There are three main points that stood out to me. The first is that the war in Iraq betrays one of the core ideas on which neo-conservativism and paleo-conservativism are founded; that being that social engineering is a mistake and causes more problems that it solves. The fact that the engineering is being imposed from outside rather than from home grown Iraqi elites is immaterial. The second point is that Democracy doesn't happen overnight and it isn't granted at the end of a rifle. Mr. Fukuyama argues that, like Capitalism, Democracy is maintainable only after the underlying institutions of support are created and this takes time. Finally, the author points out that the preventative war policy puts a tremendous amount of pressure on the United States. First, the United States would have to be capable of accurately predicting the future (Iraq already showed how this can break down). Being the lone arbiter of the future of our planet brings even more responsibility as the author writes; "The hegemon has to be not just well-intentioned but also prudent and smart in its exercise of power" Even staunch fans of Bush might blanch at the prospect of the opposition party having the power to reshape nations at their whim.
Crossroads is an amazingly insightful, intelligent and readable book. Many of Mr. Fukuyama's thoughts are insanely obvious but they're so obvious that they need to be spoken because so many American's seem to be unable to see the forest for the trees. One thing that surprised me was a week effort to defend neo-conservativism even as he washed his hands of it. He wrote, "The administration principals most in favor of the war - Defense Secretary Donald Rumsfeld and Vice President Dick Cheney - were not known as neoconservatives before their tenures, and we do not know the origins of their views." Since Cheney and Rummy are both listed as founders of the Project for a New American Century (PNAC) which included among its ranks Donald Kagan, Bill Kristol and Charles Krauthammer and explicitly spelled out the neo-conservatives beliefs on foreign policy and the future of our military I would have to say that Mr. Fukuyama is lying. Still, despite some questionable statements it's a great book and I recommend it wholeheartedly.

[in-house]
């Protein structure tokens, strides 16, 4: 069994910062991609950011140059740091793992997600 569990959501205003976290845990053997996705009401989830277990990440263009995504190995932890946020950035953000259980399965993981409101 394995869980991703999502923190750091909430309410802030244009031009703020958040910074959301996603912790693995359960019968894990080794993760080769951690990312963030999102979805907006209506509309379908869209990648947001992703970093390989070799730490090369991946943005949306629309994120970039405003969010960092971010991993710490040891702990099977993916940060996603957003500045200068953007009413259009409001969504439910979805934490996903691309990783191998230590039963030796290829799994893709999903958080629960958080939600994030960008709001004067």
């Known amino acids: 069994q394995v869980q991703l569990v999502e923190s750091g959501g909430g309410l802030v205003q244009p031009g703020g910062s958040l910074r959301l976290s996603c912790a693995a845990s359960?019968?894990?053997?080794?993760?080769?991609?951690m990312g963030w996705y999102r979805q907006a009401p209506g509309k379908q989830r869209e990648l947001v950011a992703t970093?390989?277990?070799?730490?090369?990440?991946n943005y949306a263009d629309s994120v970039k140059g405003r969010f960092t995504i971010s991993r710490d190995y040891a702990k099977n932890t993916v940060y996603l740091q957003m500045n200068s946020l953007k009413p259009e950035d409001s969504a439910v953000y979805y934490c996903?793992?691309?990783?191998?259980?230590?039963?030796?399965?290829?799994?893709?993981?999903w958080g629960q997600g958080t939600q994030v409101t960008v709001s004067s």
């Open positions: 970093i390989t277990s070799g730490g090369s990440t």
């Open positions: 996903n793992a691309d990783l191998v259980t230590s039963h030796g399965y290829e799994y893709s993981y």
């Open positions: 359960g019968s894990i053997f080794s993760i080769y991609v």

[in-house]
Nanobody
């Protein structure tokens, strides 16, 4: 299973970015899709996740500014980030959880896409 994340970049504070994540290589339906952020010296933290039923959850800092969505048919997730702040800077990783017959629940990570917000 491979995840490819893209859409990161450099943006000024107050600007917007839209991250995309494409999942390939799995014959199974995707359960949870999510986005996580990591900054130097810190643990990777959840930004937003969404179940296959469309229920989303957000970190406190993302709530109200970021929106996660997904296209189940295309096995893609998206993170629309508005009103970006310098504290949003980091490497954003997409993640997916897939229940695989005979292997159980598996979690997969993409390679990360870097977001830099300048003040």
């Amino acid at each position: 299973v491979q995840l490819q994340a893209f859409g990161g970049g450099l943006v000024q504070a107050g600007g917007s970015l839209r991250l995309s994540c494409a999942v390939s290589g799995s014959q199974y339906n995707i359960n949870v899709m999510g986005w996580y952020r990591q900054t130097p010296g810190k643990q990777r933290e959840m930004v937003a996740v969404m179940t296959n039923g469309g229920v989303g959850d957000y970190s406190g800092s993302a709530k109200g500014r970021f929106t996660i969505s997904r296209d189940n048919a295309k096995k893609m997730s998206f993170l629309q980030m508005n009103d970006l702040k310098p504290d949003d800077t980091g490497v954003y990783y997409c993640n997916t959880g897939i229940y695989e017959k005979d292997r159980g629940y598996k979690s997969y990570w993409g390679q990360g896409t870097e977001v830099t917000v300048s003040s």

Less noticed in the uproar over his opposition to the war, is his rather effective argument that the UN confirms the neo-conservative distrust of international institutions and law. He believes, and offers some sound arguments to support this belief, that the UN is largely ineffectual and marginalized by 21st Century Globalization. This book may not make anyone want to become a neo-conservative, but I think it will cause many to recognize that the principles guiding neo-conservatives are not quite as lunatic as the current administration makes them appear. This is a good book full of interesting ideas that are well presented.